Prompt for the week: 23rd February – 28th February 2015
An idiom is a phrase that does not make literal sense. Idioms may be among the most difficult concepts in English for foreigners to understand. For example, the phrase “kick the bucket” is interpreted as the act of dying. Taken literally, though, neither the kick nor the bucket has any apparent relationship to the meaning of the phrase.
Select an idiom. Then make up a story that could explain the idiom’s origin, or show how it came to be. Use your imagination–the tale need not be true. Show, don’t tell. Be sure to identify the idiom at start or finish.
If you need ideas, you might refer to
In 500 words or less, create a story that might explain the
origin of an idiom.
Does the explanation seem plausible? Does the story do a good job of showing how the idiom came to be coined? Was the writing imaginative and interesting?
Trial and Error
I was may be 14 or 15 then. It was Saturday night, time for Gandma Veni’s ritual of storytelling. She sat on the diwan and we quickly took our seats on the mat spread across on the floor.
“No questions before I finish the story, agreed?” Grandma questioned.
“Agreed,” Our voices echoed in unison.
The room went mute for a few seconds.
“This happened a long time ago. When sundial was the only way to tell time and humanity still lived in caves and the only known occupation was hunting and gathering, for food.”
She paused and continued, “One day, a tall, well-built man, clad in leopard skin wrapped at his waist holding a spear came out of the cave. He walked with back straight and head held high towards the crowd awaiting his speech.
His name was Chief-Bozoh. In a base-voice he said, ‘Halaa my people.’
‘Halaa,’ The crowd reciprocated the greeting.
Bozoh said, ‘The stream of our water source is drying and we need to migrate to find another spring. We will begin our journey in two moons from now. Also, I want to bring to your notice a new discovery that came to light, today.’
He bent down and picked a bunch of red berries on the ground. They hung by their stem. He held them high for everyone to see and said, ‘ Today, our method of trial and error brought us new insights into nature and our surroundings. See these red berries with black tips? These are poisonous. They kill. We learnt that from these two little boys.’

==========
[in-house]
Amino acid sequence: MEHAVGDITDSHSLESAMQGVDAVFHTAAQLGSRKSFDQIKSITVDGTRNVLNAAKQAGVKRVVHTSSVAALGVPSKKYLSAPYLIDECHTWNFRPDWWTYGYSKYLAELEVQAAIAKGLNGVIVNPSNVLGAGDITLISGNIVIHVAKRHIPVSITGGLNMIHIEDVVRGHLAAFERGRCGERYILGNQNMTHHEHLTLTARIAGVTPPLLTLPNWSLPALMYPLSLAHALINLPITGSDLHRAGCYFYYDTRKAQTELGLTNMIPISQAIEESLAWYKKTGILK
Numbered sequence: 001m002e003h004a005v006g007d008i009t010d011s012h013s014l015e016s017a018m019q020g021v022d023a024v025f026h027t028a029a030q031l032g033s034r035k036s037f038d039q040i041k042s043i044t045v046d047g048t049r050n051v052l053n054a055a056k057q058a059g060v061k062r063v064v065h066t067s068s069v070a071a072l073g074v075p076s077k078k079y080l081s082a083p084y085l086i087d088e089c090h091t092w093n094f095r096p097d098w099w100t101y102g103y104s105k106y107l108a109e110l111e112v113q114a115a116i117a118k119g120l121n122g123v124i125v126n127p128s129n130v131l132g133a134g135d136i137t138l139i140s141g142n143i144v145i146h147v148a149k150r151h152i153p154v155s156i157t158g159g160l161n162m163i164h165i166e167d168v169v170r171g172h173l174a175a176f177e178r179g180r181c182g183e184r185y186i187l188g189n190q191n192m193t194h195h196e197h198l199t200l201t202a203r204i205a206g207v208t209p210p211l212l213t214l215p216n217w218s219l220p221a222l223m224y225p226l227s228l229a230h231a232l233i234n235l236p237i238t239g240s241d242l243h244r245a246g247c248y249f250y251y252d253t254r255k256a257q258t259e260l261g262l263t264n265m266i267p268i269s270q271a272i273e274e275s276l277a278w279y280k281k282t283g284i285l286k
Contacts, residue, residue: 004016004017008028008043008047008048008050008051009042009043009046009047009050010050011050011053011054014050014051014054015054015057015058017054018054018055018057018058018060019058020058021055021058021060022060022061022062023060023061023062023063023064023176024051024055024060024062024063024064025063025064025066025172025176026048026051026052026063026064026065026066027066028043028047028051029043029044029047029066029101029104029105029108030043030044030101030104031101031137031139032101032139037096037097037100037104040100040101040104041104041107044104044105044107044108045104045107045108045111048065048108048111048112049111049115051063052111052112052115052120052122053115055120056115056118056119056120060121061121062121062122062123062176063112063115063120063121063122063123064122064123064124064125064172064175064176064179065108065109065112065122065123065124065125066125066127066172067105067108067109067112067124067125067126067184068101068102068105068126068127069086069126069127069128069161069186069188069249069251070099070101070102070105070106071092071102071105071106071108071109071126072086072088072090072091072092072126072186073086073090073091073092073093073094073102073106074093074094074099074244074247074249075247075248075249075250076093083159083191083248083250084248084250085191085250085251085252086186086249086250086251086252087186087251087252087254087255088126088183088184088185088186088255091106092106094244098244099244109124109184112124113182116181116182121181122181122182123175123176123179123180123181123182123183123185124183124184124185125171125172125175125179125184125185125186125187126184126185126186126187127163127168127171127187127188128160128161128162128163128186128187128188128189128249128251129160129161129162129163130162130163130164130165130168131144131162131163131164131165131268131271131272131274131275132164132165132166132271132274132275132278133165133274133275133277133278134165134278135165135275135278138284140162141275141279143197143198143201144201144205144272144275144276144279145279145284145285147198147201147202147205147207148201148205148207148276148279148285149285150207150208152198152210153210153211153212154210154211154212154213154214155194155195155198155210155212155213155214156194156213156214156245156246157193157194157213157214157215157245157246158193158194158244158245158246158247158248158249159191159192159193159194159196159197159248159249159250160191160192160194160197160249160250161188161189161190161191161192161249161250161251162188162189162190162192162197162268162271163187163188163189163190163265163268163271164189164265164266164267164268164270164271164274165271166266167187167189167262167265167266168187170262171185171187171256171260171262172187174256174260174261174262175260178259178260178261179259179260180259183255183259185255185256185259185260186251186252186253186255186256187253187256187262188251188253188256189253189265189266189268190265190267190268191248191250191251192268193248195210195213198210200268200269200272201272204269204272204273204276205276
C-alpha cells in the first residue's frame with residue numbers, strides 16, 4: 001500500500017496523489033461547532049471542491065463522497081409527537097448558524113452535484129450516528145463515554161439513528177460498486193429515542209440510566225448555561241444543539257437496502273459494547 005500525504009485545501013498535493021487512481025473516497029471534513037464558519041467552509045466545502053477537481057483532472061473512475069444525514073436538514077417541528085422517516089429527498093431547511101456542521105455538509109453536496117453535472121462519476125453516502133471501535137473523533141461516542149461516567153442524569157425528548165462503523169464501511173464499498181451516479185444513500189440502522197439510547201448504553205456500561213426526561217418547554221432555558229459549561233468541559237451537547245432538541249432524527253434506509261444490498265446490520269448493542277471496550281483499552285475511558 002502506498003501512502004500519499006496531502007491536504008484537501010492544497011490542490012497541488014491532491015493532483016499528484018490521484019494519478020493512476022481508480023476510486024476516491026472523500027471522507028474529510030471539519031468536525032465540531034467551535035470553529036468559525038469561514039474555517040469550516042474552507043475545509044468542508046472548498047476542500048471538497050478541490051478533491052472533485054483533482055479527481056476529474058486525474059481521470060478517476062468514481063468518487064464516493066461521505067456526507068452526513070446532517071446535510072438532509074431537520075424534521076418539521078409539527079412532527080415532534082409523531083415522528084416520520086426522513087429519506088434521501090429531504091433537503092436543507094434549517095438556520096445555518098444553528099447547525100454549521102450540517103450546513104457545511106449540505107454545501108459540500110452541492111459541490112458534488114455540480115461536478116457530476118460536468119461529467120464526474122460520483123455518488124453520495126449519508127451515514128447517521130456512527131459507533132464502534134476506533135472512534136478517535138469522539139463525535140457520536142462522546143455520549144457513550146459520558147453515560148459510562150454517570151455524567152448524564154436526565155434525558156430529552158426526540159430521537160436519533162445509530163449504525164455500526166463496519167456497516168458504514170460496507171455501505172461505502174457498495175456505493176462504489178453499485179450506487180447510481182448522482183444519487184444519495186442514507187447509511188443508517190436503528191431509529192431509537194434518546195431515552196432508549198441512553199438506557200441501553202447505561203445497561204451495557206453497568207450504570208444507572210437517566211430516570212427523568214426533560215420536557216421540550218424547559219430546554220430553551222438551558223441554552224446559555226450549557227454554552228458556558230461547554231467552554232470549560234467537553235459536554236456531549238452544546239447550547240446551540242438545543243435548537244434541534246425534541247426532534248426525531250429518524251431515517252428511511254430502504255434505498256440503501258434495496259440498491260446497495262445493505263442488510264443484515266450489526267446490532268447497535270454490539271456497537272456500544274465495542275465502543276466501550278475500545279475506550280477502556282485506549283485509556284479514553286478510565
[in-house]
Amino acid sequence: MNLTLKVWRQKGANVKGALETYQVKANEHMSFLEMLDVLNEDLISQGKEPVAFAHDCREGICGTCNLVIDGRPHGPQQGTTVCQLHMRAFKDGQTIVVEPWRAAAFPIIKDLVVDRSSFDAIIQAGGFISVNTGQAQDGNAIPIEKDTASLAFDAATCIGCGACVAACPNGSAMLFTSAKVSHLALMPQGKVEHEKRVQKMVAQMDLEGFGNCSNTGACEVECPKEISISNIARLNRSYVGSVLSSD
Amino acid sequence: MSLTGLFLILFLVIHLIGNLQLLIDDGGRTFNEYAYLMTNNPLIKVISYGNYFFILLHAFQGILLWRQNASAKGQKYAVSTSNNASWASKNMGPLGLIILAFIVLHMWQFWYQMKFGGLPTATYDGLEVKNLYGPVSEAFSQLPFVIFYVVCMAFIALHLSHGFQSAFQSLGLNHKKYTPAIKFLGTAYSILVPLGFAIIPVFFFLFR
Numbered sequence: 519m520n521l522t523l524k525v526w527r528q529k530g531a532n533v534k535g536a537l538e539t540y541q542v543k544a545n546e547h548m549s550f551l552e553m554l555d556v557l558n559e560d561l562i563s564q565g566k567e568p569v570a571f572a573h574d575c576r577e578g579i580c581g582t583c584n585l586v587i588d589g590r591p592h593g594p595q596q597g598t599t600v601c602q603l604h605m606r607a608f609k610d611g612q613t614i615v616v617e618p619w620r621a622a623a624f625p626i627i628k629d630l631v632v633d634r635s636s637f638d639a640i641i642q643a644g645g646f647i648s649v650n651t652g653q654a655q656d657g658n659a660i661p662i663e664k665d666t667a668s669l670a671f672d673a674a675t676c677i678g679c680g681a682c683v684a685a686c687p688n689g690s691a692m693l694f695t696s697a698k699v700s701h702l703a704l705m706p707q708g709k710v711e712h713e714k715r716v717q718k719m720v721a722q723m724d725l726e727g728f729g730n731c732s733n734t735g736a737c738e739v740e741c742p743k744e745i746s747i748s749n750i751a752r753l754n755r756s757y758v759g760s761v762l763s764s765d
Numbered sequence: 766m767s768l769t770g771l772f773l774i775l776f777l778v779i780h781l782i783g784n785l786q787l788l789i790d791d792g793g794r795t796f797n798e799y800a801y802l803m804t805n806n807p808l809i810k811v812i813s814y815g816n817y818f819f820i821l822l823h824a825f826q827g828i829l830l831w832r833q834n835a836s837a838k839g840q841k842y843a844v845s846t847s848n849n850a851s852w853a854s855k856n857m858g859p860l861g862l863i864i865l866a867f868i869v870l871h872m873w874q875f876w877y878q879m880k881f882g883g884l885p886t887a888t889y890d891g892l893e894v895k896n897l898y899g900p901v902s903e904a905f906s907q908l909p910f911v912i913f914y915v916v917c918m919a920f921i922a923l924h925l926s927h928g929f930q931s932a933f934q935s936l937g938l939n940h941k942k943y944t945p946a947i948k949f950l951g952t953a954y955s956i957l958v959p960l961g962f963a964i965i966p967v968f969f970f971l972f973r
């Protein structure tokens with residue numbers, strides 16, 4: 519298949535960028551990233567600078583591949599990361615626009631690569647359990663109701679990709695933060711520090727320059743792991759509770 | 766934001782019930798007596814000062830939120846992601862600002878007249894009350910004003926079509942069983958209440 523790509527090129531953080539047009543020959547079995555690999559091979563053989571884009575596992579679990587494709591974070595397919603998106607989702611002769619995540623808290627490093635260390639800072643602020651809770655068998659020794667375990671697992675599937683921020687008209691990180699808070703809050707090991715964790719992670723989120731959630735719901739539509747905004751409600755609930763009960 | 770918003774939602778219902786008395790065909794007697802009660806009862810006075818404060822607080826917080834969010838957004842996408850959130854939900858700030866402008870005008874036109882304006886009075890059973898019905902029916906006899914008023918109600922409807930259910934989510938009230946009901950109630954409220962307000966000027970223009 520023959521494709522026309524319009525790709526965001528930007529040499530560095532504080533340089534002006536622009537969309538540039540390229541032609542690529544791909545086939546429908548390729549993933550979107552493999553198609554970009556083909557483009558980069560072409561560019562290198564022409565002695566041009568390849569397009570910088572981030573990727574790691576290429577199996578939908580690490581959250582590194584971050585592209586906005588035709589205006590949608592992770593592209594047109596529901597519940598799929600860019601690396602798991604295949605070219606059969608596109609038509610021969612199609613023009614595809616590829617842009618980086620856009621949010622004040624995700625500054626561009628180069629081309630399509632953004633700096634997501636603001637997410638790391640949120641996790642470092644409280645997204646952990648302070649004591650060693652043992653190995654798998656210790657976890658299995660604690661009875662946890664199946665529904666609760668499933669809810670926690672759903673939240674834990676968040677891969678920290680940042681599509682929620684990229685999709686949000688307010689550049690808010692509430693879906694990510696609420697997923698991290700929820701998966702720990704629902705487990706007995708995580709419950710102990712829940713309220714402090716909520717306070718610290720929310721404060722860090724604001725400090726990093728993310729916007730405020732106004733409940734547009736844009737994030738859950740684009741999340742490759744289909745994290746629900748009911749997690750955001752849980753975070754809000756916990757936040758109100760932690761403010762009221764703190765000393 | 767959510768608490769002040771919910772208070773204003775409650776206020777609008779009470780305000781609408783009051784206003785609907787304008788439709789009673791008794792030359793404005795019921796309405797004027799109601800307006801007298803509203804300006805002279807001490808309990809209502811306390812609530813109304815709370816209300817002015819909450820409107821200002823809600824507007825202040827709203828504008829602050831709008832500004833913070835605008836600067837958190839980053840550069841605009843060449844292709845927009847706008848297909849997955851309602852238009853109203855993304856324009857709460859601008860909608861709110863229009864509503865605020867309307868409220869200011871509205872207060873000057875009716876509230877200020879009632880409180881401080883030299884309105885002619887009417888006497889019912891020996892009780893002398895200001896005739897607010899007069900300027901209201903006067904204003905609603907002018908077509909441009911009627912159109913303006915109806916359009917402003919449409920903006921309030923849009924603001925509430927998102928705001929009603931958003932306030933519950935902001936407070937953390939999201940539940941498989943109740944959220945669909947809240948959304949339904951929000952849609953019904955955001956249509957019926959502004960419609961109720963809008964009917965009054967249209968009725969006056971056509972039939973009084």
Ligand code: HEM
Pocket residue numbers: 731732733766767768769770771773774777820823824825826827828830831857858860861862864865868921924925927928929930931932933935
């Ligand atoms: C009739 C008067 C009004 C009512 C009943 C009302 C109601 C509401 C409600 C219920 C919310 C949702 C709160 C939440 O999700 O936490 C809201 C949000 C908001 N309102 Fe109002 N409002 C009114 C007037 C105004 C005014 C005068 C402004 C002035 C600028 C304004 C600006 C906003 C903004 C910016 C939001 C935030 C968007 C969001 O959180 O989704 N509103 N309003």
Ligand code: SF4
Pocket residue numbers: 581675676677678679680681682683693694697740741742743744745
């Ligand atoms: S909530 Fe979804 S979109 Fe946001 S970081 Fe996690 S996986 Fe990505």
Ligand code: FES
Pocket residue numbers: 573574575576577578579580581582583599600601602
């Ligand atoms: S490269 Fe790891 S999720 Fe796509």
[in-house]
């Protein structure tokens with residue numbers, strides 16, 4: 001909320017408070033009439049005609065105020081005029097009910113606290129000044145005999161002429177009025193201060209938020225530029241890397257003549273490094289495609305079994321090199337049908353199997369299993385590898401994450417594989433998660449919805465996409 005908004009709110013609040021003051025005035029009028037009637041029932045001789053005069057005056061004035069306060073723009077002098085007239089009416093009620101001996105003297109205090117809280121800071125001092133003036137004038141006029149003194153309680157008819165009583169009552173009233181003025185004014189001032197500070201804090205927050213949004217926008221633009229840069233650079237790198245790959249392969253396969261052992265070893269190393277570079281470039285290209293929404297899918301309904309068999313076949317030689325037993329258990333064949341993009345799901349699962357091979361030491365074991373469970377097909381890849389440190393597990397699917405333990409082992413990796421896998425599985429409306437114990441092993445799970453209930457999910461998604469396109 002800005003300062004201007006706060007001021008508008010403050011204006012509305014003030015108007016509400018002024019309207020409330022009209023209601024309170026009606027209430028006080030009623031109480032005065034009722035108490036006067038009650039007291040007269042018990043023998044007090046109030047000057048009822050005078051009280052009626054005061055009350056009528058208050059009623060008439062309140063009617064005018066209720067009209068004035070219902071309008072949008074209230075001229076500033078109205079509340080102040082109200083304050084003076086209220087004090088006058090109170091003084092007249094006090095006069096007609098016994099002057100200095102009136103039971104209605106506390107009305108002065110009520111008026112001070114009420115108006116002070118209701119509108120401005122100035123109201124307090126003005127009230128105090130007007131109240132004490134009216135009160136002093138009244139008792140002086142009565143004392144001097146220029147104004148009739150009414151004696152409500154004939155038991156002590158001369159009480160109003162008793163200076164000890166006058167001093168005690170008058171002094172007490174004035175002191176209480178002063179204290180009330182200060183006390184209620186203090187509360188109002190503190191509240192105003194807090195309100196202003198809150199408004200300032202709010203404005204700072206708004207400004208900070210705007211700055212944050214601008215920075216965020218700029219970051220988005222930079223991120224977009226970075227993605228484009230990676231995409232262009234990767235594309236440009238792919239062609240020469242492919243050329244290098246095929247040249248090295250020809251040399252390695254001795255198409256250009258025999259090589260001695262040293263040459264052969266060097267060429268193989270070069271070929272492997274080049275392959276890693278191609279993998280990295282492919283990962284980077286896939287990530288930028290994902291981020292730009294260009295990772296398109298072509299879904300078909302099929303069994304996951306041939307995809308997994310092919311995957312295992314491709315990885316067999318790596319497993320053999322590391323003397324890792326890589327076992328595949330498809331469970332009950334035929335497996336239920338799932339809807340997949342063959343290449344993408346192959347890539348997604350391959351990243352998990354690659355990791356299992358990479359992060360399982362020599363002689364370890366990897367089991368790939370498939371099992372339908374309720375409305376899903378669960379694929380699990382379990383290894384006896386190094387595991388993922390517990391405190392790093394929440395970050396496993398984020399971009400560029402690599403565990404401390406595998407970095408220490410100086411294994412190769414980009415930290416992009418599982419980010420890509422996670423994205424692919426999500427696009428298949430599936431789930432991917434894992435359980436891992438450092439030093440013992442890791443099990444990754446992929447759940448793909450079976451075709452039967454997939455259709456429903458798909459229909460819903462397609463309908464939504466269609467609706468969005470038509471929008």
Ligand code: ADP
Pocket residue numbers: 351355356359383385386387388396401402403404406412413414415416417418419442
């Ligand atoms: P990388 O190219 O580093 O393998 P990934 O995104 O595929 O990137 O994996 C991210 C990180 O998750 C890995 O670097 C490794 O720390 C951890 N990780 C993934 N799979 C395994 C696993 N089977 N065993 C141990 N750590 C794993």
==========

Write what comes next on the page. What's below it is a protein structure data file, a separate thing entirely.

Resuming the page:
He then placed the berries on the ground and called the boys to the forefront and introduced them. Everyone clapped.
Chief Bozoh said to one of them, ‘Sky-clad, tell everyone what happened.’
The 10 year old boy cam forward, took a customary-bow, looking gloomy said, ‘My friend Cloud-garland and I were walking Simba our tiger-cub in the nearby forest and found these berries. They looked luscious, red and edible. We picked them and wanted to taste them.”
Cloud-garland said, “My mother said not to taste anything that is not tested.”
Looking at his friend Sky-clad said, ‘My mother said the same. We thought for a while and then my friend said, ‘Let’s feed them to Simba.’ And we did,’ and started weeping looking at his friend. Chief Bozoh consoled him by hugging him trying to pacify the child.
‘We killed our cat today,’ said Sky-clad sobbing.
‘Curiosity killed the cat,’ said Chief Bozoh.
“And that is The End,” said grandma Veni.
“Killed as in metaphorically or literally?” Asked my older, curious cousin Vidur (his nickname: question-bank).
“You decide,” said Grandma.
That day, I learnt how the idiom ‘Curiosity killed the cat’ came to life.